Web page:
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Meumann White Inc

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When a Developer is establishing a retirement village one of the first decisions that it needs to make is to determine what the underlying legal nature of the scheme will be. In this regard Developers generally have three broad options available to them, these being distinguished from one another by the nature of the right which a prospective purchaser will acquire. These three options are:

  1. Schemes where the prospective purchaser will acquire full ownership of a unit or house;

  1. Schemes where the prospective purchaser will acquire a “lesser right” than full ownership; or

  1. A mixed-use scheme, in terms of which the above two options are made available to prospective purchasers.

One of the most popular lesser rights which a Developer can grant to a purchaser is what is commonly known as a “life right”. In this article we will give a basic outline of what the legal nature of such rights are, and look at the benefits of same.

Life rights are regulated by the Housing Development Schemes for Retirement Persons Act 65 of 1988 (“the Act”), which provides protection for the holders of such rights. In essence, when purchasing a life right a purchaser is acquiring the right to live in a particular unit within a retirement village for the duration of his or her lifetime, or until he or she decides to sell such right, whichever event is first occurring.

It is important that particular attention is paid to the contract in terms of which the life right is acquired, as this will set out the basis on which the life right will be valued in the event of death or the sale thereof. A common clause contained in life right agreements provides that on the death of the holder thereof the right will revert back to the Developer, and the Estate of the holder will be paid an amount equal to the initial investment together with a percentage of the profit which the Developer makes on resale of the right to a third party. In this way the holder of a life right can benefit from the capital growth of his or her investment, but not to the same degree as if he or she had acquired outright ownership of the unit in question.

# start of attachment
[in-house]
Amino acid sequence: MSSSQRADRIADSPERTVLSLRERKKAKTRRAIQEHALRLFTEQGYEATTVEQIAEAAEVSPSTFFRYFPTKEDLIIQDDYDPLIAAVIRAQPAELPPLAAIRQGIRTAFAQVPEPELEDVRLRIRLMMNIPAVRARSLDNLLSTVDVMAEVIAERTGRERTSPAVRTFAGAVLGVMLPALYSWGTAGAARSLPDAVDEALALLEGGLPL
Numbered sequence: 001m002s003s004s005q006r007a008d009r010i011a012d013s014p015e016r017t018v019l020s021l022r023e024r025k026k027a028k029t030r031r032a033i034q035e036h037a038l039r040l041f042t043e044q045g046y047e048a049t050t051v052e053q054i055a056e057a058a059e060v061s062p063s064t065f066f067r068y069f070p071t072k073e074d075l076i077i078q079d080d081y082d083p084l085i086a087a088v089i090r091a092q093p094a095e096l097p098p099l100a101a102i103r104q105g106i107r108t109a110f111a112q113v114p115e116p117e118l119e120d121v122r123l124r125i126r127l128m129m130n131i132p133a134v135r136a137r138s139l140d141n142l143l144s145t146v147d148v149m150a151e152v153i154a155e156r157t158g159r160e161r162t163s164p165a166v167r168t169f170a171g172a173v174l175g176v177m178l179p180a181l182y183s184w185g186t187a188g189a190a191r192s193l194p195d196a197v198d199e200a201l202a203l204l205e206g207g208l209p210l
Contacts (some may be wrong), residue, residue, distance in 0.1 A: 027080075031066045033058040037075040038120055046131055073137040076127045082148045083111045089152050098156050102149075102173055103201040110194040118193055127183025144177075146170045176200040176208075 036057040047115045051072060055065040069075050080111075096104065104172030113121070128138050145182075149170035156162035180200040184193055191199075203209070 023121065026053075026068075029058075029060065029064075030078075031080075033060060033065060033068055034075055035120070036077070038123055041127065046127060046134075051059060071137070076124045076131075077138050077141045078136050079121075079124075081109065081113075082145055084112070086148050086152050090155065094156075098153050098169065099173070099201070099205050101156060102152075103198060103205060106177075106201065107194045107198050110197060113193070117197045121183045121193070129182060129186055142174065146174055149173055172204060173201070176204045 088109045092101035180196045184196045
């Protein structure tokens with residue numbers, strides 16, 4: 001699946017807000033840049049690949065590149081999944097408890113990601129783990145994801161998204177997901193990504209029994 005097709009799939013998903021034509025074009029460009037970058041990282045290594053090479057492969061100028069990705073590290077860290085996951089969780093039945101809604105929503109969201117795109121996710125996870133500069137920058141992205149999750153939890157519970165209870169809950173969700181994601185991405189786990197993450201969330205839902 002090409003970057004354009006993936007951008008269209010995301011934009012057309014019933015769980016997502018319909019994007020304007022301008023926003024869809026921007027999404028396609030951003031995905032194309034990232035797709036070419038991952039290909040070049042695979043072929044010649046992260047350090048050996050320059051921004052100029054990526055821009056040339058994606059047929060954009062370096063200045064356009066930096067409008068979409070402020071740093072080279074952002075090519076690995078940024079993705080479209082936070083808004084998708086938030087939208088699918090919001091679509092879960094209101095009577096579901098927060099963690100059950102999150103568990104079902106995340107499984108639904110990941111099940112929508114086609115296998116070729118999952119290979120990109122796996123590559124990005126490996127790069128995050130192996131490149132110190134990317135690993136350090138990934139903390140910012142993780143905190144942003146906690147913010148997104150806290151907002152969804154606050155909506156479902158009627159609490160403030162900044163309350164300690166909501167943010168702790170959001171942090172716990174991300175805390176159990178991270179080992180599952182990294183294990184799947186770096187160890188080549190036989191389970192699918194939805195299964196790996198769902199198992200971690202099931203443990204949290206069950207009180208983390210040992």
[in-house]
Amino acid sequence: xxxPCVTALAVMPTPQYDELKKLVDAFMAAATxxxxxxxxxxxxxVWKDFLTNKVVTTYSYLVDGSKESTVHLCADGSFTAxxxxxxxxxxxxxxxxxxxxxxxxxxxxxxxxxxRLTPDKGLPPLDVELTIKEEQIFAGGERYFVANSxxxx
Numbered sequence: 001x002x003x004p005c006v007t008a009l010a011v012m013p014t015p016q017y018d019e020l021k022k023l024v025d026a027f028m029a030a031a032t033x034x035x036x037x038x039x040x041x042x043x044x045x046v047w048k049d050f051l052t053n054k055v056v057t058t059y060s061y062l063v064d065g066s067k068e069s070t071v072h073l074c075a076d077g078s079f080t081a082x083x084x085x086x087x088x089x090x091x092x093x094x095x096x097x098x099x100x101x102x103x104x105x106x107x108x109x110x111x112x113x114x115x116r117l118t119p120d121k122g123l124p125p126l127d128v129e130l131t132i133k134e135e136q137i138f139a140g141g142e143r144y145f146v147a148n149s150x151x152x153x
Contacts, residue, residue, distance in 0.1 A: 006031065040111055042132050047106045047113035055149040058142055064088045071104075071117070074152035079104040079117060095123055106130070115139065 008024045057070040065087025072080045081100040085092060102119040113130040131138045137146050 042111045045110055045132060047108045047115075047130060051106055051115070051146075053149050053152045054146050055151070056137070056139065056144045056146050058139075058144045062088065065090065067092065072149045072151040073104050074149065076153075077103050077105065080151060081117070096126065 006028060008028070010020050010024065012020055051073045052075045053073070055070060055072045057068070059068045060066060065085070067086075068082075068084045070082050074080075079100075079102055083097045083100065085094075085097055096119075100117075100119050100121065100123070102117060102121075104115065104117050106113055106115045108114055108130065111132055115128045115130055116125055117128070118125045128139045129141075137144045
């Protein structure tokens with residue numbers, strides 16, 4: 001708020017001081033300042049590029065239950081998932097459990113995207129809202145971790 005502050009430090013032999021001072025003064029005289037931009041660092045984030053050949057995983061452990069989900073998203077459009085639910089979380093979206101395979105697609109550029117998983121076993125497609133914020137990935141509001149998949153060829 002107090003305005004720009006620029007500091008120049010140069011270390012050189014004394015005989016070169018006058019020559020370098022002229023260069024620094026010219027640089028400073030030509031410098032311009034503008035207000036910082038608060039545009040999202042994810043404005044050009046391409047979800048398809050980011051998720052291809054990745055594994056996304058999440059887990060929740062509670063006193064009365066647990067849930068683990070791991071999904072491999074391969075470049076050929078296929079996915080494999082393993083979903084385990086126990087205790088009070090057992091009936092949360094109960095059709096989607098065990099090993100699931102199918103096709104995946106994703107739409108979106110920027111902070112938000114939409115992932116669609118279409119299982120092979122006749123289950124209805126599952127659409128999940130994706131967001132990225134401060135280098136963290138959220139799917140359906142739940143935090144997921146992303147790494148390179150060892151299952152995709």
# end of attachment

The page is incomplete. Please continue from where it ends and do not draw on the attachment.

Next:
Some of the protections offered to holders of life rights by the Act include the following:

  1. Section 4(1) sets out what information must be contained in the contract in order for it to be valid, including the fact that the Developer must disclose whether the property is bonded, if so, how much is owing on the bond as well as giving an undertaking that a further bond will not be taken out;

  1. Section 4A provides that the holder of the life right will have the same rights as those held by a lessee in terms of a long lease that has been registered against the Title Deed of the property concerned (this gives additional strength to the right);

  1. Section 4B prevents the Developer from alienating the property unless at least 75% of the holders of life rights have consented thereto. Furthermore, if such vote is passed and the property is sold the holder of the life rights will have a preferential claim against the proceeds of such sale, and must receive an amount equal to what such person paid to acquire the life right;
  2. Section 4C provides that the title deed of the property must be endorsed to the effect that such land is subject to a housing development scheme.

From a prospective purchaser’s point of view purchasing a life right can be advantageous, as they are generally cheaper than acquiring full ownership of the unit in question. Furthermore, given the unique nature of such rights the Act contains specific provisions to protect the holder thereof as set out above.

Prospective purchasers must however bear in mind that close attention should be paid to the contract in terms of which the right is acquired, the fact that such rights cannot be bonded (the purchase price will therefore have to be secured in cash) and the fact that such rights cannot be bequeathed in a Will to beneficiaries.

Article by David Campbell


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